There’s much to be sad for the idea that when you’re feeling sad, taking a pill for a pick-me up, most of which is in the somewhat fuzzy realm of psychology and psychiatry. On a more scientific note however, we can say that antidepressants are probably only going to work 40% to 55% of the time. Why are these drugs having a relatively low rate of effectiveness? The problem may not be with the antidepressants themselves, but with the guidelines for their Stage III clinical trials, the results of which are used for regulatory approval and marketing.
A group of researchers took a very good representation of patients being treated for depression known as the STAR*D project, and tried to apply the criteria for enrolling into Stage III antidepressant trials to a sample of 2,855 of them. The result? Just 22.2% of these patients qualified to be in the trials while almost 8 in 10 had a number of additional health and mental problems which barred them from entering. Since the data on those sample patients was collected from 2001 to 2004, the study could also take a look how well those who were qualified for enrollment ultimately fared.
As you might expect, the response rate to the drug was good with 51.6% of the qualified groups saying it was having an effect and their depressions subsided faster, but they also suffered from a 34.4% rate of remission compared to a 24.7% rate for the group that would be rejected from clinical trials. Basically, they were easier cases that relapsed more often than patients with compounding factors like a longer family history of mental disorders, drug addiction or alcoholism. But the big problem is the fact that they weren’t a good representation of an average patient with a case of depression and the results would be rosier than they should’ve been and higher relapse rates which could’ve affected the treatment they would’ve received from a psychiatrist.
Before you start saying that drug companies were manipulating the population for marketing purposes, you’ll need to consider that all trials use homogenous groups of patients to minimize adverse side-effects in those with a multitude of conditions and what they’re really testing is how well the drug treats what it was supposed to treat. However, as we’ve seen above, the results might not work for a typical patient who has multiple health conditions that could alter the response to the drug being tested. And that’s why years after a drug was on the market, we might look back and say: “hey, this wasn’t nearly as good as advertised! what gives?” even though there was noting wrong or fraudulent about the trielson which the promises of efficacy were based.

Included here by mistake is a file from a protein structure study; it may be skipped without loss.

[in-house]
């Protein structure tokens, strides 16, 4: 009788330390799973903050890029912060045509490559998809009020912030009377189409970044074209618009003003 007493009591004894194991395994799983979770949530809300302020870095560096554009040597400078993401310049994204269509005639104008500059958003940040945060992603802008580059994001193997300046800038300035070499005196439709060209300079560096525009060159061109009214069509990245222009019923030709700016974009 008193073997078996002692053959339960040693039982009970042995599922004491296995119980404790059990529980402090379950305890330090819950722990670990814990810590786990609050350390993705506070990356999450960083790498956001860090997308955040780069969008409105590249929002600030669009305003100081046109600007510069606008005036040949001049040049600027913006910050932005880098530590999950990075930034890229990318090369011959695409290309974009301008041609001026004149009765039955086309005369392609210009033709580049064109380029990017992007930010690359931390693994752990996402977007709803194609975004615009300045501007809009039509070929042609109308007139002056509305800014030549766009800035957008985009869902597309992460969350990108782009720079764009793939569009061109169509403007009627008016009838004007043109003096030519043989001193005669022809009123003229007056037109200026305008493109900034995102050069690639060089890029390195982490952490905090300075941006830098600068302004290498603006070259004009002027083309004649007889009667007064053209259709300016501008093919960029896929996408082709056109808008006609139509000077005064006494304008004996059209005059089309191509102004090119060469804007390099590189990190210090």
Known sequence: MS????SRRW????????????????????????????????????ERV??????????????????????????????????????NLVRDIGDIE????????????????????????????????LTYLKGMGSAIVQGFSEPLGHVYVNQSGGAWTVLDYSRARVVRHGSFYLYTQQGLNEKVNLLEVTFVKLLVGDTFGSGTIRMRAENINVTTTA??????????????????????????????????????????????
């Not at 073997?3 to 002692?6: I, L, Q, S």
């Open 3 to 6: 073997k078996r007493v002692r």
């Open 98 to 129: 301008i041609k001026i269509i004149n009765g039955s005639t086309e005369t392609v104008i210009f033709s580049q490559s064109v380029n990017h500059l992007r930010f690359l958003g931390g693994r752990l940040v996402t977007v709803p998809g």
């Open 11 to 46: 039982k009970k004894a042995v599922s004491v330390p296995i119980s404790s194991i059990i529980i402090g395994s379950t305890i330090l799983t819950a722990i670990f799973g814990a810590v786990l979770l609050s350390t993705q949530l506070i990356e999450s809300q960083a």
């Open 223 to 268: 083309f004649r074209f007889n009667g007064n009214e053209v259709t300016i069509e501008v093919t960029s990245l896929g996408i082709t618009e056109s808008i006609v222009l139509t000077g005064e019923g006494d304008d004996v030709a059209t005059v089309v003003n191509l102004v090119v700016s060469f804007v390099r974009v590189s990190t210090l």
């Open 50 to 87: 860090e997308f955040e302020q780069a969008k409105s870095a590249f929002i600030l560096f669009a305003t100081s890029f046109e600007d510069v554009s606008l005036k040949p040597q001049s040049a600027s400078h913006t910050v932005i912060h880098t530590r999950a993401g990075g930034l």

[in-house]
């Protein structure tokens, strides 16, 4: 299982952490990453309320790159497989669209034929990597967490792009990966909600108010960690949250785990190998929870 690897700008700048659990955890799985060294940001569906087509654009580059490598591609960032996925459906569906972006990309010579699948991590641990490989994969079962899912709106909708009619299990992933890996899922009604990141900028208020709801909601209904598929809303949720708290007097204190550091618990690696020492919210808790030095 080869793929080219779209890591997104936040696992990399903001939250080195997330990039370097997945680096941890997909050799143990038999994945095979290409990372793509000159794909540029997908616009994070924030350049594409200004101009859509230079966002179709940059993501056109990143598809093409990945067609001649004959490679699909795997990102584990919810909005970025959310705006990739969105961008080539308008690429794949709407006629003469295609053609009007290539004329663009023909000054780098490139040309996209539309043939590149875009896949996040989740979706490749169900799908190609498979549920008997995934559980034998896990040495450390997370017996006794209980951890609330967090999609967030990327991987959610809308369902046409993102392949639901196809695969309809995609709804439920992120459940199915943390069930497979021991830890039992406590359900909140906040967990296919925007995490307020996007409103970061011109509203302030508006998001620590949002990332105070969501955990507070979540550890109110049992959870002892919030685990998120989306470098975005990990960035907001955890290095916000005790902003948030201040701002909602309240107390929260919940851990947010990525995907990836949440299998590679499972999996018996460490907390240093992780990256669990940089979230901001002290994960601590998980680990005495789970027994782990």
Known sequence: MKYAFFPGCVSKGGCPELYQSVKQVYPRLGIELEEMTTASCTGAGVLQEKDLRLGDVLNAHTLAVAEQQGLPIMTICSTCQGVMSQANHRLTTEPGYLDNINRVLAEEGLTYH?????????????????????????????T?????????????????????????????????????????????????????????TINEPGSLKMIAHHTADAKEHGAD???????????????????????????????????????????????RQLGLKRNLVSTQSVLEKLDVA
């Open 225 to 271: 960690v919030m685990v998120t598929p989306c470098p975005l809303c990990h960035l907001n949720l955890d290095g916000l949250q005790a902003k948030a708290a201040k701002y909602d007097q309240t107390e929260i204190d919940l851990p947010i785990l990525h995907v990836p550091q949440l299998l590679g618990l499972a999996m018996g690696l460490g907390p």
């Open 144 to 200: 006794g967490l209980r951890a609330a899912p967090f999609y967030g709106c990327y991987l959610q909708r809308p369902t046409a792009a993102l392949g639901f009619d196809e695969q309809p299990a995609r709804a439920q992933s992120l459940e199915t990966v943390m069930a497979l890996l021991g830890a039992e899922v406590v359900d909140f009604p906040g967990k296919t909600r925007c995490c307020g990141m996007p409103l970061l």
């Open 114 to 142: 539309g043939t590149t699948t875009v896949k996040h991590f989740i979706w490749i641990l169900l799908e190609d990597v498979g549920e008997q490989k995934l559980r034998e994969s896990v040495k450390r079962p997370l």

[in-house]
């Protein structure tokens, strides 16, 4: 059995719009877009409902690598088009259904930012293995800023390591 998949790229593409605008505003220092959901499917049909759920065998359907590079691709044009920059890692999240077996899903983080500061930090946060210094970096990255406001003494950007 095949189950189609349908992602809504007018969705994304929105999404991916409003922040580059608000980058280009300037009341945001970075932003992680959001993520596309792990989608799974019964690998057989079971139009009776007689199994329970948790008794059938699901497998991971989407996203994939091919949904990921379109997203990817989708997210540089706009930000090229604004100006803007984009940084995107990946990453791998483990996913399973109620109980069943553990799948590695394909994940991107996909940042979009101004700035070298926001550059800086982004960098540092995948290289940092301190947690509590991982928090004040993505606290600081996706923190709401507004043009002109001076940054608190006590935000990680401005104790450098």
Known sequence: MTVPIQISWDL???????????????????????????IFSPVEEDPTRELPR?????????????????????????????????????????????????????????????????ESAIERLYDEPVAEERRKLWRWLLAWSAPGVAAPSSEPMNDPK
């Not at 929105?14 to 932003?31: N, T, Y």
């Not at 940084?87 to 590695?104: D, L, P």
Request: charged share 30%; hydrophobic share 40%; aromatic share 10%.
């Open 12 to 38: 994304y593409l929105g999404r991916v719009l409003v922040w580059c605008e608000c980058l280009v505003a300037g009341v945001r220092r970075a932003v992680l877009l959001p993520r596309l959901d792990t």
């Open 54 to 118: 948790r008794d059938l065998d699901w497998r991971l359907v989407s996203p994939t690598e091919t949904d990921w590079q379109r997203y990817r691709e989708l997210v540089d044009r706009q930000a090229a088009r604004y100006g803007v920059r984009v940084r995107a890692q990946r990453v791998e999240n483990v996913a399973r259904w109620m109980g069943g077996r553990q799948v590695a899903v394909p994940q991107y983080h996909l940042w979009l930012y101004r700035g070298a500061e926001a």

So maybe Stage III trials should be based not on a homogenous population which has only a certain number of complicating factors, but on groups that accurately represent the patients with the condition the drugs were intended to treat for much more realistic efficacy data? Yes, the number of adverse side effects will rise and so will the complexity of the trials, but in the end, we’ll have better information about our medication. The authors of the study on antidepressant trials certainly seem to think so in their conclusions.
See: Wisniewski, S., et al (2009). Can Phase III Trial Results of Antidepressant Medications Be Generalized to Clinical Practice? American Journal of Psychiatry, 166 (5), 599-607 DOI: 10.1176/appi.ajp.2008.08071027